- The highway in from the airport looks a lot like the road into HongKong (water, bridges, hills, etc), but not so nice. Dark, satanic mills spewing dark clouds of awfulness line the sides at intervals, interrupted by abandoned warehousey-type buildings. After a while there were generic strips of shops, shops and blocks of flats, all concrete and tile, dirty from age and pollution. There were plenty of pleasant green, rolling hills, which were a lovely surprise after Shanghai’s impossible, interminable flatness. It was grimly raining, but I don’t hold that against Fuzhou, as it was doing the same in Shanghai.
- The ride in to where we had to go was an hour, mainly because the airport isn’t actually in Fuzhou but rather, um, somewhere else. When we pulled up at the gates of our HQ, we had only minutes to spare.
- They speak funny down there. Really. I had finally wrapped my head around the Shanghai-Anhui-Zhejiang-Jiangsu pronunciations, especially of people’s names (because, well, I sure do have to say a lot of people’s names aloud in my line of work) and was feeling fairly confident when I greeted people by name during interviews. In Fuzhou, I mispronounced quite a few in wildly divergent ways, names I had been pretty comfortable with until then. The ‘e’ sounds were especially off, and not just in tone, like the difference between ‘hee’ and ‘hey’ and ‘huh’. I was probably incomprehensible to 99% of people. Either that or hilarious.
- Scenic spots? Cultural traditions? Festivals and quaint local art? I couldn’t tell you. Remember, I was locked in a room for two days, grilling people.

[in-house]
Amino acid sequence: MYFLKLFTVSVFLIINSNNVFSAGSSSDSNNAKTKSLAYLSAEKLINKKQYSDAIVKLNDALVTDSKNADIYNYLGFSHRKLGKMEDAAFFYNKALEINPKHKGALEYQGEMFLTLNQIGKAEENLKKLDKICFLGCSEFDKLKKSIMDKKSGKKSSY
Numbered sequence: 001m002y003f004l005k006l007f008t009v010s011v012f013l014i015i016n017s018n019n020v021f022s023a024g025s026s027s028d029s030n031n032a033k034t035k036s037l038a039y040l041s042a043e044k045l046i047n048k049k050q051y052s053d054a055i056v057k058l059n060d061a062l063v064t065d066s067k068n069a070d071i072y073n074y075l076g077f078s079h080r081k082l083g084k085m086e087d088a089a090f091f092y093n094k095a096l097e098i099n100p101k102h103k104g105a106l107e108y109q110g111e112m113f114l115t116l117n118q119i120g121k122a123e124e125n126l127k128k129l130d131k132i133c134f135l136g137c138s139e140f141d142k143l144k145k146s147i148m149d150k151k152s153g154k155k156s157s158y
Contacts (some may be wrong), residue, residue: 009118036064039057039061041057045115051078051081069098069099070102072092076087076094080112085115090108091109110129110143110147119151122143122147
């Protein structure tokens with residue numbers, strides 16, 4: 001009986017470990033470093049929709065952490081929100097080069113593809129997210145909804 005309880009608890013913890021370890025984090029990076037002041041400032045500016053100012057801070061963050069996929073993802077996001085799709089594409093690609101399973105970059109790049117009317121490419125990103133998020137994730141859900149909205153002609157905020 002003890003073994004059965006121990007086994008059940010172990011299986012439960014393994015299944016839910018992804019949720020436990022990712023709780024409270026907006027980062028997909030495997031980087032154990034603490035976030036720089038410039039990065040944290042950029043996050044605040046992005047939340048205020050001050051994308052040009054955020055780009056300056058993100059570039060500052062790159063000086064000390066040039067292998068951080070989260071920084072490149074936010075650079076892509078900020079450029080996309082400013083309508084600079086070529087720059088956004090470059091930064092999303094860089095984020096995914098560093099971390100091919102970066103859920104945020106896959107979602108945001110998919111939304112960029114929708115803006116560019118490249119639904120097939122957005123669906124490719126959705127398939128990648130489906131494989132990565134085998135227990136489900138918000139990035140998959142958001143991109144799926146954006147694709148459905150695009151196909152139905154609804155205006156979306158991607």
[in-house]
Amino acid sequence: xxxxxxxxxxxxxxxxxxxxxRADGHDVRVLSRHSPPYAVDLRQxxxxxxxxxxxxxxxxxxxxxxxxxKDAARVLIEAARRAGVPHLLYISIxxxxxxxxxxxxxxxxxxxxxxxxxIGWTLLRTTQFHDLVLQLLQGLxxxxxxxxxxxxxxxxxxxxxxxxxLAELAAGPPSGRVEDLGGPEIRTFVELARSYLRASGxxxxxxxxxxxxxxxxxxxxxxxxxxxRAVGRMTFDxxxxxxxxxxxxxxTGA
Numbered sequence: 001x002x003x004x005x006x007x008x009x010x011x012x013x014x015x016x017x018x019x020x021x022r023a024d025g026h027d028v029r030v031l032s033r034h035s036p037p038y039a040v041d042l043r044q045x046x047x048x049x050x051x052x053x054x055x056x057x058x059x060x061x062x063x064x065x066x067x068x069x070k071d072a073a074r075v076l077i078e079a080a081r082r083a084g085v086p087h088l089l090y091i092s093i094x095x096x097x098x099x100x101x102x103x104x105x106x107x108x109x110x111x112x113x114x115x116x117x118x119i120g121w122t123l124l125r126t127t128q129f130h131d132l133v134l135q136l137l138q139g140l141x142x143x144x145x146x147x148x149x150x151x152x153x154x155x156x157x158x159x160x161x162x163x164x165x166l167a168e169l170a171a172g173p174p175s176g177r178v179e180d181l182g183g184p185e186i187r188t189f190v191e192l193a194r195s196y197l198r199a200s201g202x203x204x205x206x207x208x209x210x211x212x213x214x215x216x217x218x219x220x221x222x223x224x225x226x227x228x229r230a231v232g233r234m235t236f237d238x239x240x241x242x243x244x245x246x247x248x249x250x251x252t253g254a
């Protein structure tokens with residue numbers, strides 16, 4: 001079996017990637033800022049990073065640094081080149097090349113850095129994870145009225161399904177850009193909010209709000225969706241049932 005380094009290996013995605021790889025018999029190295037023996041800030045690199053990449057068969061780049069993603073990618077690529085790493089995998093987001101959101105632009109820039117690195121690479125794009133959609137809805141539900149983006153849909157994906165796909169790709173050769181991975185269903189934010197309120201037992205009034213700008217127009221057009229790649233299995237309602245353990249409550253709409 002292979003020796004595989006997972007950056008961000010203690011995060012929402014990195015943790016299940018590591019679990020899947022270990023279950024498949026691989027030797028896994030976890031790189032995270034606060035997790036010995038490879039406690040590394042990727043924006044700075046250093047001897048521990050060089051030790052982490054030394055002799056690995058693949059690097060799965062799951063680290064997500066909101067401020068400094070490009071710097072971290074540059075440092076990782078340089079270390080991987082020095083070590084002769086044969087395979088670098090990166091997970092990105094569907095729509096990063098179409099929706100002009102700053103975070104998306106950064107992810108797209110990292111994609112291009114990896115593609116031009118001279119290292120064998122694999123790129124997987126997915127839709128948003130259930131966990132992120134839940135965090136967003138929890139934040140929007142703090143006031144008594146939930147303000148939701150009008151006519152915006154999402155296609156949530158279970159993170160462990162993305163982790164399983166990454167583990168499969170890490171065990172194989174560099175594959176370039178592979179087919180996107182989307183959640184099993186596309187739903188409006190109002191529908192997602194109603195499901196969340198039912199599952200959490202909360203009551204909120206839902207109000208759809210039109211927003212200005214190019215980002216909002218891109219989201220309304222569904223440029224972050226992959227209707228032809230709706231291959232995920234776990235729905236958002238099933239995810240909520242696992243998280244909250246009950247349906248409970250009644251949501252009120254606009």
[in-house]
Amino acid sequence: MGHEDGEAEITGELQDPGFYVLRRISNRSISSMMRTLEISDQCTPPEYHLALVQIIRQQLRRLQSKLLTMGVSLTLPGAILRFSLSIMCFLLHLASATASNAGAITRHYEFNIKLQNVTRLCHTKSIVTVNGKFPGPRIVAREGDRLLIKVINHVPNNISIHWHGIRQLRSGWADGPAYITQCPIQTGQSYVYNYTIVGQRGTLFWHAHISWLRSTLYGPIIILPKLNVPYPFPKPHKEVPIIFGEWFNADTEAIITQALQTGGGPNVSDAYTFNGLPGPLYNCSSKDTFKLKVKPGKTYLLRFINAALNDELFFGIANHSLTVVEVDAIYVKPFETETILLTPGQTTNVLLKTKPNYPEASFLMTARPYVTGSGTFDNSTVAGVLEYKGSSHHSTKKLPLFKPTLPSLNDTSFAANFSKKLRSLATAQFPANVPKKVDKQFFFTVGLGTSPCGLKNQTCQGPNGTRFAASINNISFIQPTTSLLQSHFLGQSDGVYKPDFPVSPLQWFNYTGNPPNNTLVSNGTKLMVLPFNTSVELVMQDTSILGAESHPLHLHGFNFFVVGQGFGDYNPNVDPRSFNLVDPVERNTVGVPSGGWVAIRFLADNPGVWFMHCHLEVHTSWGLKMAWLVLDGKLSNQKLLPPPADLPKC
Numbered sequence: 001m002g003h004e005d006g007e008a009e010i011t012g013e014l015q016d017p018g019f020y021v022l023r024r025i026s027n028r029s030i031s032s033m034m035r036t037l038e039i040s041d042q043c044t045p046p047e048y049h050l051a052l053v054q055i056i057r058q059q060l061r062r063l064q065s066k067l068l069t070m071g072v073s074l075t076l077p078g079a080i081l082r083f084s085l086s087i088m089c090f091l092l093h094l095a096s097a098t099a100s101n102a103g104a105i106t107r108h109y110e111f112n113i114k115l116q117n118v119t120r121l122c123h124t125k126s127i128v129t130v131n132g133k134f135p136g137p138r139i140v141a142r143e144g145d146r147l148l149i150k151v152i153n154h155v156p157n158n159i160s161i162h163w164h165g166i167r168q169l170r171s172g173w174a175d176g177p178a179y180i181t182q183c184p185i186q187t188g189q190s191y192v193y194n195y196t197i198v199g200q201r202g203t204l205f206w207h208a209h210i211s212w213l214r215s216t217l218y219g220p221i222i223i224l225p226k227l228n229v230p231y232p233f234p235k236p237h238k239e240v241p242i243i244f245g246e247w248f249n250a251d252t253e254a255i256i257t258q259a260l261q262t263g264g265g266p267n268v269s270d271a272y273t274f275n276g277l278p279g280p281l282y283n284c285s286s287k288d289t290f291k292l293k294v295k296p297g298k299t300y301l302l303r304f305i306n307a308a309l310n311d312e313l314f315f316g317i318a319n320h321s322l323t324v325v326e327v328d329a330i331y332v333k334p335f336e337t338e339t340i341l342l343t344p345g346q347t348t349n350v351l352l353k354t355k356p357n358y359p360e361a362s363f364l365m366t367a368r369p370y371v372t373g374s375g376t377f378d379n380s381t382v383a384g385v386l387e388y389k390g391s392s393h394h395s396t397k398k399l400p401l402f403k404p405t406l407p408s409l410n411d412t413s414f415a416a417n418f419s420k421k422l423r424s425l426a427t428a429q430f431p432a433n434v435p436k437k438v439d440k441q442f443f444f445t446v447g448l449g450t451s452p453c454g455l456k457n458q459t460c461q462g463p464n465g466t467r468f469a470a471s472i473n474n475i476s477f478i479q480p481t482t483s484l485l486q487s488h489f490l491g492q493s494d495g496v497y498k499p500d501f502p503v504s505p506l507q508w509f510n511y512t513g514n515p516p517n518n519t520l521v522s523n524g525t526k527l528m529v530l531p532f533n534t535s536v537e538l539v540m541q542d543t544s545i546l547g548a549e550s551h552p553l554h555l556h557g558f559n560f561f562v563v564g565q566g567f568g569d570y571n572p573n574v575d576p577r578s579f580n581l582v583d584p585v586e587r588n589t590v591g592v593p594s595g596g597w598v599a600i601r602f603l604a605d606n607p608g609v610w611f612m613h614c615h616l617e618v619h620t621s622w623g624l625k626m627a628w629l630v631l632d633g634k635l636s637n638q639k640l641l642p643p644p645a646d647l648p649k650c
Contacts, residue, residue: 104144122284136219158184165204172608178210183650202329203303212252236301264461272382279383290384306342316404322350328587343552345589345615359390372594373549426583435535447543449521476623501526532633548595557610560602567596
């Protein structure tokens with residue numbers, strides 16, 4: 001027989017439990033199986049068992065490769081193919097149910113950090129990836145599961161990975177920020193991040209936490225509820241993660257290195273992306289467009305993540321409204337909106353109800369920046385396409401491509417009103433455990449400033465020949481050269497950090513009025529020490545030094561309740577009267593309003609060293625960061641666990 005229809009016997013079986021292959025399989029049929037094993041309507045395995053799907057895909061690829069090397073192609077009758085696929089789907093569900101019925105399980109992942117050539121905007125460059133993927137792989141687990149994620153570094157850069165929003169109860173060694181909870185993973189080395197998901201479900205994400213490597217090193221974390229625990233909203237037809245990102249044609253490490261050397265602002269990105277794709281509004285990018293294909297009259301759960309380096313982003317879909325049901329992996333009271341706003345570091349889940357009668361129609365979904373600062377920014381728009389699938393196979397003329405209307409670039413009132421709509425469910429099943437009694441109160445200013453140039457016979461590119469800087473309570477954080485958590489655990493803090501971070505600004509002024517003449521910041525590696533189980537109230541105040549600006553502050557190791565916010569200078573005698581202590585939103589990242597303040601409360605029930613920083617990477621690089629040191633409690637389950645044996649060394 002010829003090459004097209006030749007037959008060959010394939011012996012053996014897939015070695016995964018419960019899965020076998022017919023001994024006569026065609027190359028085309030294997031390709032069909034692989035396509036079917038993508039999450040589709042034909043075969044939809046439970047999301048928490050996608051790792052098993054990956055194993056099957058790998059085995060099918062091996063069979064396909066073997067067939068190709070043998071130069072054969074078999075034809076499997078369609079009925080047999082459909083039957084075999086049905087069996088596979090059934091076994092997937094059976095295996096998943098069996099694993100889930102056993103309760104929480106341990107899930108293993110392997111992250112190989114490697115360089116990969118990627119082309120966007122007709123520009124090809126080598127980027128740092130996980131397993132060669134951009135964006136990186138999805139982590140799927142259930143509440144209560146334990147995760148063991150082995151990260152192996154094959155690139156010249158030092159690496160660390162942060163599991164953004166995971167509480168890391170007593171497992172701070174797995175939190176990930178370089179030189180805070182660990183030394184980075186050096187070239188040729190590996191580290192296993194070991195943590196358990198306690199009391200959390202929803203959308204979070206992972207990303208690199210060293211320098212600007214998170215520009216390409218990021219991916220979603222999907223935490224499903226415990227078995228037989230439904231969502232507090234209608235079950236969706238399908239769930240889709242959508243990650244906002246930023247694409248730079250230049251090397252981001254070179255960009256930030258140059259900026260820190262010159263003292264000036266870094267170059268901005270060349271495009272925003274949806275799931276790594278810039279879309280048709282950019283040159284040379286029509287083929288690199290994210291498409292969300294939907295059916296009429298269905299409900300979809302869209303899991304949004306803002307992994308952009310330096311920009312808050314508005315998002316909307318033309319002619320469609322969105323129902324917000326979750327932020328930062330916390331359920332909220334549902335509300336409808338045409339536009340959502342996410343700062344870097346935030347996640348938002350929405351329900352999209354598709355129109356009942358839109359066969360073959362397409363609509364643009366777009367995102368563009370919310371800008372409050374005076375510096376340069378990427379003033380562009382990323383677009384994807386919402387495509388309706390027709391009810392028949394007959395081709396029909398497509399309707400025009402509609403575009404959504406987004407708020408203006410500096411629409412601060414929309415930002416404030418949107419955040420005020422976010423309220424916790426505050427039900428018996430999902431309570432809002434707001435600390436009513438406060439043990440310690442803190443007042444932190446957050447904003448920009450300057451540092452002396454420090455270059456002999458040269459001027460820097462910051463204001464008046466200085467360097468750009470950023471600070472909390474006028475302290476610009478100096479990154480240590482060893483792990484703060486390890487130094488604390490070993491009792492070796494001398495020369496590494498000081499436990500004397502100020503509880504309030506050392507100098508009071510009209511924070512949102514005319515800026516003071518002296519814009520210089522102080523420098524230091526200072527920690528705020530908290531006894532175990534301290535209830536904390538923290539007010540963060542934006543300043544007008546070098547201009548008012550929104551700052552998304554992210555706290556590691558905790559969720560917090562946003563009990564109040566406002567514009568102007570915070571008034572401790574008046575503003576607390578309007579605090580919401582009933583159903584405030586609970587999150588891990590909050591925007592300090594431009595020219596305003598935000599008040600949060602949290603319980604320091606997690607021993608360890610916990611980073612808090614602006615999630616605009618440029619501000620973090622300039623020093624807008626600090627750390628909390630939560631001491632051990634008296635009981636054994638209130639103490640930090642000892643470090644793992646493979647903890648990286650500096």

Useless Fuzhou Food Tips
Outside the Fujian Teacher’s College there was a lot of street food that looked really good. There were also a number of really good looking little restaurants in the area. Did I try any? No. I was locked in a room for two days, with lukewarm watery green beans and sauteed greens and rice brought in by the supervisor for a hasty lunch. Did I try them for dinner? No, because our hotel was half an hour away, in the pouring rain, in a neighbourhood completely devoid of places where a lone female could grab a bite to eat. A banquet for 12, sure. A bite? No. I had the hotel’s version of Singapore noodles and a beer for an absurdly inflated price that could have bought me half a dozen of the same elsewhere. It was really good, for the record. I was tired and not fussy.
Place(s) to Stay in Fuzhou
I ended up at the Shangri-la, courtesy of my CIA overlords. It’s nice (and free!) but not as nice as, say, the Hefei Hilton or the Oakwood in Hangzhou. My inner backpacker is becoming a spoiled brat, it seems.
I should note that there was no rubber duckie, no free tea or coffee and no fresh fruit. The bath gel was not glittery. Devastating!
Coming and Going